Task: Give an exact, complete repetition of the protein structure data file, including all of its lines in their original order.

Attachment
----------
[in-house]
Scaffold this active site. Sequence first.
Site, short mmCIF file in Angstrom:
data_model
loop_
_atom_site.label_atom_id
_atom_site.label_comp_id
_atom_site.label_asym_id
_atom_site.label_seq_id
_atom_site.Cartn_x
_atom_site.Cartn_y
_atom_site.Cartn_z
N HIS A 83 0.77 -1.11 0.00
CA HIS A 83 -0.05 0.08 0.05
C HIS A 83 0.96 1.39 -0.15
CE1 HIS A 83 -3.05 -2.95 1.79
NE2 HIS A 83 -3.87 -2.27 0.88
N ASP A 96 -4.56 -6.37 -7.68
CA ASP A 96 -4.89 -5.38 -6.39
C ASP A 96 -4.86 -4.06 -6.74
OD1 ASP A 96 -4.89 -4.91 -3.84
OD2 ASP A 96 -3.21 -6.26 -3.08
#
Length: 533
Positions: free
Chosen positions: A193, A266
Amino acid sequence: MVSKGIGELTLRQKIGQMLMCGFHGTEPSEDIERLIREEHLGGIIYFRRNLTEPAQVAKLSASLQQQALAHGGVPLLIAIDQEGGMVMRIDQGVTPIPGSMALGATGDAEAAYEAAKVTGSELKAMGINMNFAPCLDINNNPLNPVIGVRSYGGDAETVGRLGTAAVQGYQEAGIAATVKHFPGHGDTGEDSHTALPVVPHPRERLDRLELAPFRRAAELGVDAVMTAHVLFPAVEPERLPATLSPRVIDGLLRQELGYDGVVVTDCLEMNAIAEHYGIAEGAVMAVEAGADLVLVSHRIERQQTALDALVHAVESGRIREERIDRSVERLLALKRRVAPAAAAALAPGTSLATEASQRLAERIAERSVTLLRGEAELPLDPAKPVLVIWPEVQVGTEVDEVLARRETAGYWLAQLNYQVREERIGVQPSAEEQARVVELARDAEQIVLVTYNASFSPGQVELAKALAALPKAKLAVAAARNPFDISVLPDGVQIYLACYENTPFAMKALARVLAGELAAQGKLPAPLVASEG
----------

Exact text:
[in-house]
Scaffold this active site. Sequence first.
Site, short mmCIF file in Angstrom:
data_model
loop_
_atom_site.label_atom_id
_atom_site.label_comp_id
_atom_site.label_asym_id
_atom_site.label_seq_id
_atom_site.Cartn_x
_atom_site.Cartn_y
_atom_site.Cartn_z
N HIS A 83 0.77 -1.11 0.00
CA HIS A 83 -0.05 0.08 0.05
C HIS A 83 0.96 1.39 -0.15
CE1 HIS A 83 -3.05 -2.95 1.79
NE2 HIS A 83 -3.87 -2.27 0.88
N ASP A 96 -4.56 -6.37 -7.68
CA ASP A 96 -4.89 -5.38 -6.39
C ASP A 96 -4.86 -4.06 -6.74
OD1 ASP A 96 -4.89 -4.91 -3.84
OD2 ASP A 96 -3.21 -6.26 -3.08
#
Length: 533
Positions: free
Chosen positions: A193, A266
Amino acid sequence: MVSKGIGELTLRQKIGQMLMCGFHGTEPSEDIERLIREEHLGGIIYFRRNLTEPAQVAKLSASLQQQALAHGGVPLLIAIDQEGGMVMRIDQGVTPIPGSMALGATGDAEAAYEAAKVTGSELKAMGINMNFAPCLDINNNPLNPVIGVRSYGGDAETVGRLGTAAVQGYQEAGIAATVKHFPGHGDTGEDSHTALPVVPHPRERLDRLELAPFRRAAELGVDAVMTAHVLFPAVEPERLPATLSPRVIDGLLRQELGYDGVVVTDCLEMNAIAEHYGIAEGAVMAVEAGADLVLVSHRIERQQTALDALVHAVESGRIREERIDRSVERLLALKRRVAPAAAAALAPGTSLATEASQRLAERIAERSVTLLRGEAELPLDPAKPVLVIWPEVQVGTEVDEVLARRETAGYWLAQLNYQVREERIGVQPSAEEQARVVELARDAEQIVLVTYNASFSPGQVELAKALAALPKAKLAVAAARNPFDISVLPDGVQIYLACYENTPFAMKALARVLAGELAAQGKLPAPLVASEG